I’ve been a full-time SAHM now for two months.

In many ways it is great. I get to hang out with my kids all day and I get to witness the new things they are doing and learning. Ada saying some words. Aly finally jumping with both feet off the ground. Asante drawing people and flowers and other objects that aren’t letters and shapes. I get to cuddle and hug and kiss them. I get to relax for a few minutes on the couch with the Today Show.

I scour the internet for fun activities that are helpful in developing their knowledge, skills and love for learning. This is fun, but difficult when considering that I’m looking for 3 kids with different interests and ability levels…and we are on a tight budget.

I struggle to decide how to spend my time in the evenings after the kids go to sleep. Do I read? Do I blog? Do I scrapbook or craft? Do I learn how to sew? Do I veg in front of the computer? I struggle to discipline myself to go to bed at a reasonable time, knowing that my workday starts at the crack of dawn, somewhere between 5:45a and 6:45a.

With three small children, personal time or recreational time isn’t a part of the day. My day consists of making meals, folding laundry, picking up, cleaning (a tiny bit), making lists, making sure we’re on top of birthday cards (sorry friends, this isn’t a place I excel at), reading to the kids, creating meaningful learning experiences, going outside, planning play dates and other outings, changing diapers, and playing. I rarely get to sit down (except when I watch a little of the Today show in the morning while I’m folding laundry or something like that). And all of this is done while carrying a baby around…or thinking up ways to distract a baby while I do something that is not focused on her. It’s physically taxing and mentally and emotionally draining. By the end of the day, I’m in need of some me time.

By that time, however, I don’t have mental energy to read a scholarly book on emerging adulthood or have enough focus to think critically about issues that I’d love to give more thought to. Many people say that SAHMs no longer have hobbies. But I am still disagreeing with that statement for myself, hoping and fighting to maintain a sense of interest and curiosity in learning new things and using this time to read and write in my field of interest.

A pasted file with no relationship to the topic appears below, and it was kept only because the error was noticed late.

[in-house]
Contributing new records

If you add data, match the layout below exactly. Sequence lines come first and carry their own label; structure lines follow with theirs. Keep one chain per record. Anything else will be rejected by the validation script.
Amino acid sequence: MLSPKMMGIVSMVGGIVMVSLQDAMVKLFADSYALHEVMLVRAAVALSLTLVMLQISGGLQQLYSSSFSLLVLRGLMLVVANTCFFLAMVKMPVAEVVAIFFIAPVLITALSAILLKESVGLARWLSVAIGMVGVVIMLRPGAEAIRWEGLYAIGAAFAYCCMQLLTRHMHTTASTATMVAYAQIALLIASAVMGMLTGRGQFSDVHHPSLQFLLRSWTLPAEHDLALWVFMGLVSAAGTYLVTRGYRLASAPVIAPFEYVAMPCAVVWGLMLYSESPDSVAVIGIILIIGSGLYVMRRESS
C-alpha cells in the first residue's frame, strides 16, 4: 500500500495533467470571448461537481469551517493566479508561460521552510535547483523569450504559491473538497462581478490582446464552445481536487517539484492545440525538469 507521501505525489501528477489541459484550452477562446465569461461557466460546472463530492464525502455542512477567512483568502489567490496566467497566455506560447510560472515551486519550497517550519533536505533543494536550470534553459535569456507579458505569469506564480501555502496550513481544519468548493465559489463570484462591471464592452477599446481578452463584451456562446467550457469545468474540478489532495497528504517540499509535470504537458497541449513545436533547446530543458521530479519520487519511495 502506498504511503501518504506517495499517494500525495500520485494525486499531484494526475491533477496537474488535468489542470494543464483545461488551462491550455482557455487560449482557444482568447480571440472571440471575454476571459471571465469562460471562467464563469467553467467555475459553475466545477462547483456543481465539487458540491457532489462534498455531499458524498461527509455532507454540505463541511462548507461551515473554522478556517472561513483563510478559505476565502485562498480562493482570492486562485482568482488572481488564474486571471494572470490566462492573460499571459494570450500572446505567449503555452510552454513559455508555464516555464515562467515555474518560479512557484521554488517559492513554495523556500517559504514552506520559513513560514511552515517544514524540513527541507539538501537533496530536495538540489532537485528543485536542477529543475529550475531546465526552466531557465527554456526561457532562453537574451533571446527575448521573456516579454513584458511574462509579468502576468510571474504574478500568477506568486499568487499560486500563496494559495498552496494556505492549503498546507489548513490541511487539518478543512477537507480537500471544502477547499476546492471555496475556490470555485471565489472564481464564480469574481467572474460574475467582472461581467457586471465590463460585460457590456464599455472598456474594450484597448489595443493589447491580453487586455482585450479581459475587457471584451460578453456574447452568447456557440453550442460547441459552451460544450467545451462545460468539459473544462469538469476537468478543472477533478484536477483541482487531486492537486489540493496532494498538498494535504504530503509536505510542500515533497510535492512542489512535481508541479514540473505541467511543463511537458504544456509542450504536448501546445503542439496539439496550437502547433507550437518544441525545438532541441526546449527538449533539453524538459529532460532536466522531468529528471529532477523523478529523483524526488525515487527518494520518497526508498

But that raises another question- what IS my field of interest? Parenting? Early childhood education? Spiritual formation of the mother? College Ministry? Emerging Adolescence? I feel a deep passion for all of these areas and have no way to invest myself in them as deeply as I would like to. I feel like I’m dabbling in all of them, without real consistency or depth. It leaves my desires unsatiated. This leaves a feeling of discontentment.

Maybe the discontentment I feel as a SAHM is not in the mothering or the daily routines, but it’s in my wide area of interest and lack of time to dive into any one of those. I think this is one reason why many SAHMs end up “professionalizing” motherhood. They realize that this what they are doing all the time, and then focus all their ambition and drive that. While I would have always imagined myself being like that (and of course, in some ways I participate in this too), I’ve tried to keep outside interests on the table, trying to figure out how I can contribute without being in something else full-time. Writing is a natural outlet for this, but it’s not a natural talent of mine. So, I’m living in the unsettled.

Any other SAHMs relate?

1 comment on “Living in the Unsettled”

  1. Jenny directed me to your site and this is the subject that hit me. I have been a SAHM for basically 10 years. I own two home-based businesses (Creative Memories scrapbooking and Forever Photos), but don’t really work those as much as I would like. I homeschool and try to do daily chores. We now have chickens, so I also sell eggs. With a toddler around, my days are pretty busy. So, I guess my go-to “hobby” is reading. I read at night to relax before bed, but end up staying up way too late. So, then I am tired the next day and I put out fires and try to play catch-up, and do again. The days I plan for my scrapbooking workshops or a photo shoot are my days. In the midst of daily routines, when I am feeling down or I need something for me, I cook/bake something new. That way my family benefits and I do something for me. I also try to tape a comedy show once a week for Thomas and I to watch together after the kids are in bed. I think a really good laugh can do wonders. (Not that our kids don’t make us laugh all day.) There are all kinds of hobbies, even puzzles or puzzle books. Keep looking, you never know what lurks out there that really screams, “Hey, Tiffany!” Maybe I haven’t helped or I am not making sense, but I felt compelled to respond and it is late…

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